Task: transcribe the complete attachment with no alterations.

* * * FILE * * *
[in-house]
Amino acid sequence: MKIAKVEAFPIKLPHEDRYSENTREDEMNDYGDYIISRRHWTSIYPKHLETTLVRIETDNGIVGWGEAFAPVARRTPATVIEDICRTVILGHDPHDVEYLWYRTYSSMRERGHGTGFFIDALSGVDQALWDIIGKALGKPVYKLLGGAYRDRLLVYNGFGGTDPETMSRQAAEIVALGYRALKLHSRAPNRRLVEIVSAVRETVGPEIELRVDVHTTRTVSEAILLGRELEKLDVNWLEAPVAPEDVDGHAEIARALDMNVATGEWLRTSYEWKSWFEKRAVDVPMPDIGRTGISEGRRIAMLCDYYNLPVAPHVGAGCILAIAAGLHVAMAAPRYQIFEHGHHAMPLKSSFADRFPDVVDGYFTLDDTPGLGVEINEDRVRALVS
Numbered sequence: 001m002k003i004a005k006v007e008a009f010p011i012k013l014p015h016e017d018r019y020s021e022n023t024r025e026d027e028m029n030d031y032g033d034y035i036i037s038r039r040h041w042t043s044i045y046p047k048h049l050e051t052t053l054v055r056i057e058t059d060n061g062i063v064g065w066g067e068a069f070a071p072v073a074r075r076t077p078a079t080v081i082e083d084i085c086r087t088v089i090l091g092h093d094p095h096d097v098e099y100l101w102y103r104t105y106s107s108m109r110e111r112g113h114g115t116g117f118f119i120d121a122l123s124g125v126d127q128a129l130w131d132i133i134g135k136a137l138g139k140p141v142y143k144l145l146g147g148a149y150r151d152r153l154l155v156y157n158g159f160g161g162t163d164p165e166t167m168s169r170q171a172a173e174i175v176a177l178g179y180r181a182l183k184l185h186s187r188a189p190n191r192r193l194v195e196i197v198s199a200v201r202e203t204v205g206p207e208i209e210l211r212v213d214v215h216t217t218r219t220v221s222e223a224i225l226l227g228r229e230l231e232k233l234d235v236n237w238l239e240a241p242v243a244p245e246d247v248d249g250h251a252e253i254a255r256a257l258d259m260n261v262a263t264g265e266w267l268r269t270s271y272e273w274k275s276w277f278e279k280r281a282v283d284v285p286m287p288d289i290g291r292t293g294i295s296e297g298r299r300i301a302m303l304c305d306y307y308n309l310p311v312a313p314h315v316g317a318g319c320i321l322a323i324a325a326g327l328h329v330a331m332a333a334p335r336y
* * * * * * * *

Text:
[in-house]
Amino acid sequence: MKIAKVEAFPIKLPHEDRYSENTREDEMNDYGDYIISRRHWTSIYPKHLETTLVRIETDNGIVGWGEAFAPVARRTPATVIEDICRTVILGHDPHDVEYLWYRTYSSMRERGHGTGFFIDALSGVDQALWDIIGKALGKPVYKLLGGAYRDRLLVYNGFGGTDPETMSRQAAEIVALGYRALKLHSRAPNRRLVEIVSAVRETVGPEIELRVDVHTTRTVSEAILLGRELEKLDVNWLEAPVAPEDVDGHAEIARALDMNVATGEWLRTSYEWKSWFEKRAVDVPMPDIGRTGISEGRRIAMLCDYYNLPVAPHVGAGCILAIAAGLHVAMAAPRYQIFEHGHHAMPLKSSFADRFPDVVDGYFTLDDTPGLGVEINEDRVRALVS
Numbered sequence: 001m002k003i004a005k006v007e008a009f010p011i012k013l014p015h016e017d018r019y020s021e022n023t024r025e026d027e028m029n030d031y032g033d034y035i036i037s038r039r040h041w042t043s044i045y046p047k048h049l050e051t052t053l054v055r056i057e058t059d060n061g062i063v064g065w066g067e068a069f070a071p072v073a074r075r076t077p078a079t080v081i082e083d084i085c086r087t088v089i090l091g092h093d094p095h096d097v098e099y100l101w102y103r104t105y106s107s108m109r110e111r112g113h114g115t116g117f118f119i120d121a122l123s124g125v126d127q128a129l130w131d132i133i134g135k136a137l138g139k140p141v142y143k144l145l146g147g148a149y150r151d152r153l154l155v156y157n158g159f160g161g162t163d164p165e166t167m168s169r170q171a172a173e174i175v176a177l178g179y180r181a182l183k184l185h186s187r188a189p190n191r192r193l194v195e196i197v198s199a200v201r202e203t204v205g206p207e208i209e210l211r212v213d214v215h216t217t218r219t220v221s222e223a224i225l226l227g228r229e230l231e232k233l234d235v236n237w238l239e240a241p242v243a244p245e246d247v248d249g250h251a252e253i254a255r256a257l258d259m260n261v262a263t264g265e266w267l268r269t270s271y272e273w274k275s276w277f278e279k280r281a282v283d284v285p286m287p288d289i290g291r292t293g294i295s296e297g298r299r300i301a302m303l304c305d306y307y308n309l310p311v312a313p314h315v316g317a318g319c320i321l322a323i324a325a326g327l328h329v330a331m332a333a334p335r336y